Illustrated in FIG. 1 is a portion of a semiconductor device 10 having a semiconductor substrate 12, an insulating layer 14, a conductive layer 16, a first metal silicide layer 18 and an antireflective layer 19. The semiconductor substrate 10 is provided 52 as shown in FIG. 5 and can be any semiconductor material or combinations of materials, such as gallium arsenide, silicon germanium, silicon-on-insulator (SOI), silicon, monocrystalline silicon, the like, and combinations of the above. A portion of the insulating layer 14 will serve as a gate dielectric and hence can be any suitable insulating material such as silicon dioxide (SiO2) or a high-dielectric (hi-k) constant material (i.e., a material having a dielectric constant greater than silicon dioxide), such as hafnium oxide (HfO2) and zirconium oxide (ZrO2) or combinations of the above, such as silicon dioxide and hafnium oxide. (As used in this application, the word “layer” refers to one or more layers. For example, the insulating layer 14 may include a layer of silicon dioxide and a layer of hafnium oxide.) The insulating layer 14 can be thermally grown from a semiconductor substrate including silicon to form silicon dioxide or it may be deposited by chemical vapor deposition, (CVD), atomic layer deposition (ALD), physical vapor deposition (PVD), the like or combinations of the above. The conductive layer 16 is deposited 54 (see FIG. 5) over the semiconductor substrate 12 and may include silicon, (e.g., polysilicon, which may be doped), a metal, the like, or combinations of the above. For example, the conductive layer 16 may include titanium nitride (TiN), tantalum nitride (TaN), or both. As will become apparent after further discussion if the overlying metal silicide layer is formed by depositing a metal and then performing an anneal then the conductive layer 16 should include silicon; however, if the metal silicide layer is to be deposited any material can be used. If an anneal is used, it is preferable that the conductive layer 16 has a top portion that includes silicon so that the silicon can react with a metal layer and form a metal silicide. It is not necessary that the top portion be the top most portion of the conductive layer; instead, the top portion must be sufficiently close to the subsequently formed metal layer to enable a reaction between the silicon in the top portion and the metal layer. If the conductive layer 16 is polysilicon, for example, it may be optionally doped 56 (see FIG. 5) using conventional processing to become more conductive (In addition, if the conductive layer 16 is doped the depletion effect in polysilicon may desirably be lowered. A portion of the conductive layer, which may be a gate electrode stack, will serve as a control or gate electrode of the semiconductor device 10 and hence, a skilled artisan can choose a thickness and material for this layer commensurate with its function as a gate electrode. For example, the conductive layer 16 may be approximately 100 nanometers of polysilicon. As will be explained in more detail below, in some embodiments, it may be desirable to make the conductive layer 16 thicker than desirable for the gate electrode because the thickness may decrease during processing.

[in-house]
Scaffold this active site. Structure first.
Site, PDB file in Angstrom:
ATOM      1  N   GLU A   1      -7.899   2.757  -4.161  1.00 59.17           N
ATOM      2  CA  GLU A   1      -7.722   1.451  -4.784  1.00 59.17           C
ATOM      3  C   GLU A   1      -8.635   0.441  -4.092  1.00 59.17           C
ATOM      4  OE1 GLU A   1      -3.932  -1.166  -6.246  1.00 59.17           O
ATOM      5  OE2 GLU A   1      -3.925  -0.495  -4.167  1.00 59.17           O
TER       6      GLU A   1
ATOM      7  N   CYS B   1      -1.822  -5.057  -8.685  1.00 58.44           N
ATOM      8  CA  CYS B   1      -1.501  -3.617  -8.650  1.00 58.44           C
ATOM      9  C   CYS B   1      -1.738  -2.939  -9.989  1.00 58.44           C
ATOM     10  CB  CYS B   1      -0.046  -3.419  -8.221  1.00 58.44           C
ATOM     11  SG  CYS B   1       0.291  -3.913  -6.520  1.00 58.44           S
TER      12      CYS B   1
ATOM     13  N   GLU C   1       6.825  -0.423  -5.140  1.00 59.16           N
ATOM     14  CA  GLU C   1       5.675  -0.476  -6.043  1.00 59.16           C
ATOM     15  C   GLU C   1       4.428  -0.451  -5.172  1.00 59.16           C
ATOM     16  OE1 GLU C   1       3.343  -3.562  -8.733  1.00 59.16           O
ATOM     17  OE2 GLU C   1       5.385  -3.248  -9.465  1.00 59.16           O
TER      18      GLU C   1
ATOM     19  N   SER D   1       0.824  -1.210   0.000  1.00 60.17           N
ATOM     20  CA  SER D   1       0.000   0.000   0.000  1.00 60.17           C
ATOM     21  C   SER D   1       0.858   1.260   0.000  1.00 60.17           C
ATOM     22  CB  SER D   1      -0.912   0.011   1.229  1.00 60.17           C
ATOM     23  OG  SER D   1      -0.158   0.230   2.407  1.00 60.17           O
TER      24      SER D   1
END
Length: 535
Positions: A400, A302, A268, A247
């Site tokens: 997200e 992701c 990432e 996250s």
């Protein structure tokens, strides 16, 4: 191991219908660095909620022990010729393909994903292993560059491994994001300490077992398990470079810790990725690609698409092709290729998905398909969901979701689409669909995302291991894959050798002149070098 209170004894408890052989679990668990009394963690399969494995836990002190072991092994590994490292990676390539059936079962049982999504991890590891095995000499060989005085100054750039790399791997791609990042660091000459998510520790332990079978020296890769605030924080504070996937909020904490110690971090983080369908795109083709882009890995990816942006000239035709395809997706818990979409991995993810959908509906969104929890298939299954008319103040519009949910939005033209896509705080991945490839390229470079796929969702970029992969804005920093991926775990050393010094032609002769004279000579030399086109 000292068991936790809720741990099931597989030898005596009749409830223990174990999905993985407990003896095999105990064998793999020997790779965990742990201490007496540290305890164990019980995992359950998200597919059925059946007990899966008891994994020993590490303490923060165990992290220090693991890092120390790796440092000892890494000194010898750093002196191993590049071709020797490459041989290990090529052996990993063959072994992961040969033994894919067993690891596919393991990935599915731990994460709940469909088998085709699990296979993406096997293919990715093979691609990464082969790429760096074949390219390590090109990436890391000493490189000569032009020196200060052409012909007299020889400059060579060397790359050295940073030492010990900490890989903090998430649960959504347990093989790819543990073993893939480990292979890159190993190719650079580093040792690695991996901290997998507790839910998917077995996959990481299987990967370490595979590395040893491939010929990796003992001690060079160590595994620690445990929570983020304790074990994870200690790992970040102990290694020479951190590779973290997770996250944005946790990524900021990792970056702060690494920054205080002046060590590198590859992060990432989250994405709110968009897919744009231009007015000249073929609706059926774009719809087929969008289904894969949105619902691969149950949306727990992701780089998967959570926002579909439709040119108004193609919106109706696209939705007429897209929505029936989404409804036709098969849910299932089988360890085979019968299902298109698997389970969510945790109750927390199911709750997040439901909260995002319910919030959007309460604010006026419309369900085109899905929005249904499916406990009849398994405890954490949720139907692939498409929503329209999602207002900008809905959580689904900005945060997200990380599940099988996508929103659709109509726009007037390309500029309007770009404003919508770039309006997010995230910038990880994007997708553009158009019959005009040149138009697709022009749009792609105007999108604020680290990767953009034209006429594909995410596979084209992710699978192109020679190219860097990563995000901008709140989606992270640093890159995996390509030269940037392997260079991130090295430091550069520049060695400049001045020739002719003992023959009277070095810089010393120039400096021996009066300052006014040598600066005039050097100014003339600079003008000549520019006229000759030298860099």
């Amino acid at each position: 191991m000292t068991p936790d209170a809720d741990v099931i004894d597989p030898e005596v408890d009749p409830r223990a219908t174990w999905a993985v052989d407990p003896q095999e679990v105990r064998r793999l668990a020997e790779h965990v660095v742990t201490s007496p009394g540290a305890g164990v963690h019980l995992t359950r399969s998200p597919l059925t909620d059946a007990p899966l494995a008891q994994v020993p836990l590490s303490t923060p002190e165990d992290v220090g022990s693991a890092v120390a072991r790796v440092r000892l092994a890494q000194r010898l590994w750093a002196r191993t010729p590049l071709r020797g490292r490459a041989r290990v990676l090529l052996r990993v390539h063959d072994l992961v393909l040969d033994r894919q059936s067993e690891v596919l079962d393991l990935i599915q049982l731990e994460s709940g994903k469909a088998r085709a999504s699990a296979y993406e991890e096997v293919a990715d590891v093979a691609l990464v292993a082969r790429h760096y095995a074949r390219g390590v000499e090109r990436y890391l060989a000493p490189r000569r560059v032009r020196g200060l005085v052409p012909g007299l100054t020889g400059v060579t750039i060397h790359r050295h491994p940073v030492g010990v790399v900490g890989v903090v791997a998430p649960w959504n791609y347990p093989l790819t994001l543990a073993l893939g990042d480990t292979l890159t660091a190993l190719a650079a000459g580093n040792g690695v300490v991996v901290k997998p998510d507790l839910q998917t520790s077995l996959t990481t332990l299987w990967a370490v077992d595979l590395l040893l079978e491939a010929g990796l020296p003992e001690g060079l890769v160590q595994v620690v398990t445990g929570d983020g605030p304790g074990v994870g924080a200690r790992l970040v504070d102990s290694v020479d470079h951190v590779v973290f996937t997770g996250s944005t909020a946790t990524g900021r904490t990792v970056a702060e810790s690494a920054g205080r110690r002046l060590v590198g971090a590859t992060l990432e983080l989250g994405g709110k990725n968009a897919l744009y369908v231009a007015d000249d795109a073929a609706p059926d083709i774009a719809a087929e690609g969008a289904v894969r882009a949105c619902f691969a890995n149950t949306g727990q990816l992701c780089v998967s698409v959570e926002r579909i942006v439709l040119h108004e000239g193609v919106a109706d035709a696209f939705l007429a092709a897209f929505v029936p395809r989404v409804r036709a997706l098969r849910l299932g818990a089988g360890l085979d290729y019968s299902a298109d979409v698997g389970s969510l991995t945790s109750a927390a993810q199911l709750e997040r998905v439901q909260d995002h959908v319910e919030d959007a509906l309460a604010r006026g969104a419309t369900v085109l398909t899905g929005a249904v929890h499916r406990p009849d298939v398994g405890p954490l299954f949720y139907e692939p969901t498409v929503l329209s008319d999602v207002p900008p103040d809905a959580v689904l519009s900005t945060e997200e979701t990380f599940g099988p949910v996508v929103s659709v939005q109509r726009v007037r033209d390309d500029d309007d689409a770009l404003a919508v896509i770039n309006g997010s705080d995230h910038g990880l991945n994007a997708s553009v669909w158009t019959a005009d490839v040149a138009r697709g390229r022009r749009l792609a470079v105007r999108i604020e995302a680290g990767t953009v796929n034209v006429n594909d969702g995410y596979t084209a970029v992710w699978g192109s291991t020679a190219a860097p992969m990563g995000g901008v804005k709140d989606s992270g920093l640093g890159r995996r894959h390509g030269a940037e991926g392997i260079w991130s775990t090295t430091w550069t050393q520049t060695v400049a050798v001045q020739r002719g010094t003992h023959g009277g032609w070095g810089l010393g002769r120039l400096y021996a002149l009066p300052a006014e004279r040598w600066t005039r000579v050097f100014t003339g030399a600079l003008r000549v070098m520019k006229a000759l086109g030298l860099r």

After forming the conductive layer 16, the metal silicide layer is formed either using a first process 58 or a second process 68, as shown in FIG. 5. In the first process 58, a first metal layer, such as cobalt, nickel or titanium, is deposited 60 on the conductive layer 16, in one embodiment, by sputtering (a form of PVD). In one embodiment, the first metal layer is at least a monolayer in thickness but less then approximately 8 nanometers. Eight nanometers is preferred as the upper limit of the thickness because if the metal layer is thicker it may be difficult to etch the resulting metal silicide layer while etching the conductive layer 16. In one embodiment, the metal first layer has a thickness between approximately 2 to approximately 7 nanometers or more preferably approximately 3 nanometers or approximately 4 nanometers. Next, a first anneal is performed 62, at a first temperature, which in an embodiment where the first metal layer includes cobalt, is a rapid thermal anneal at approximately 450 degrees Celsius to form a first metal silicide. The first anneal forms an initial silicide phase (first metal silicide) over the conductive portions of the semiconductor device while avoiding such formation over the insulating regions, such as the field oxide and the spacer regions of the semiconductor device 10. After performing the first anneal, an optional wet etch may be used 63 to remove any unreacted metal that may be overlying the insulating regions.